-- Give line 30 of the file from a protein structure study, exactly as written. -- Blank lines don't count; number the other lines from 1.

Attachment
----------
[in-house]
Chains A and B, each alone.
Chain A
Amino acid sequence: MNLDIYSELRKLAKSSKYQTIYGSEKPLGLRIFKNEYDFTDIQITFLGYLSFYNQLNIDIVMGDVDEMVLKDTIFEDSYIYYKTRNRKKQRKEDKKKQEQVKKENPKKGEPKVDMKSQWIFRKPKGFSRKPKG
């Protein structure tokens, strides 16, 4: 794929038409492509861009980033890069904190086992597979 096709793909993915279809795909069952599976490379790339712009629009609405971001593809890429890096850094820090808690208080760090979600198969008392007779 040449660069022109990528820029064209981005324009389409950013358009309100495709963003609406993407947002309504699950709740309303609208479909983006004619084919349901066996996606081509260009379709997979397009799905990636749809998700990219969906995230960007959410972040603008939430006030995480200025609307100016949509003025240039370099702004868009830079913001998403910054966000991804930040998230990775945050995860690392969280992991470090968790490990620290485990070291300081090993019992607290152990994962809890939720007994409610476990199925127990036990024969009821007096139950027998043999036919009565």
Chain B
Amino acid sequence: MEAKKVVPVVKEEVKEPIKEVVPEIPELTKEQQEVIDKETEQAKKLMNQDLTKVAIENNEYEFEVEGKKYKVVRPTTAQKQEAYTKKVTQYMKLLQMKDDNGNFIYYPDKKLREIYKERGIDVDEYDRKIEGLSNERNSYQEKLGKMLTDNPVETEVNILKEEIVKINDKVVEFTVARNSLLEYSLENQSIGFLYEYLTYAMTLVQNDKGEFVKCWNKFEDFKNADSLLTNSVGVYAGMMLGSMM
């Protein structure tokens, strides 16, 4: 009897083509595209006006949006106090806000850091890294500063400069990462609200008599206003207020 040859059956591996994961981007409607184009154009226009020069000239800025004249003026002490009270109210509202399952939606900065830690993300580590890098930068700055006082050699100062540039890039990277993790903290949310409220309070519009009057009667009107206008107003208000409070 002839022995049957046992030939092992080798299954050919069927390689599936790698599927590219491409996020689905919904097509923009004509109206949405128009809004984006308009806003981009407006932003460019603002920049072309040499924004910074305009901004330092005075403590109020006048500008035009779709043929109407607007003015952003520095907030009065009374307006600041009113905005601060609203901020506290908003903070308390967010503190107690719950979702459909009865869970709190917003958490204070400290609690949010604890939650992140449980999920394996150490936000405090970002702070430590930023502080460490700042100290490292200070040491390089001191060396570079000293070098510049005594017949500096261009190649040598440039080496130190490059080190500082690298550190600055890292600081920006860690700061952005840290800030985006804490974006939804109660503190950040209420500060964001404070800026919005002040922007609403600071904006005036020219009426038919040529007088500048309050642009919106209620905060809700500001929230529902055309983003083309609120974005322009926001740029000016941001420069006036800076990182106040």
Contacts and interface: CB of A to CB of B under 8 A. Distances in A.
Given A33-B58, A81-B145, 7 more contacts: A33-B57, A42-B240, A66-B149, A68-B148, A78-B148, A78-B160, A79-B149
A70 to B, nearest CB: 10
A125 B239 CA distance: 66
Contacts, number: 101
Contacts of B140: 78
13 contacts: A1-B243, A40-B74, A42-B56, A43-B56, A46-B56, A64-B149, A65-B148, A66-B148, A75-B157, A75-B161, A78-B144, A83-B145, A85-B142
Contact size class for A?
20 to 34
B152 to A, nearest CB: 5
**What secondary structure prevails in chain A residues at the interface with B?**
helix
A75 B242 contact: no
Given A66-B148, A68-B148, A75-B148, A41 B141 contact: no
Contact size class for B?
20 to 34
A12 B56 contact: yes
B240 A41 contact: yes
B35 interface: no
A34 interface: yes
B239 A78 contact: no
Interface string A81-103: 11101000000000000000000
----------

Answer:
Interface string A81-103: 11101000000000000000000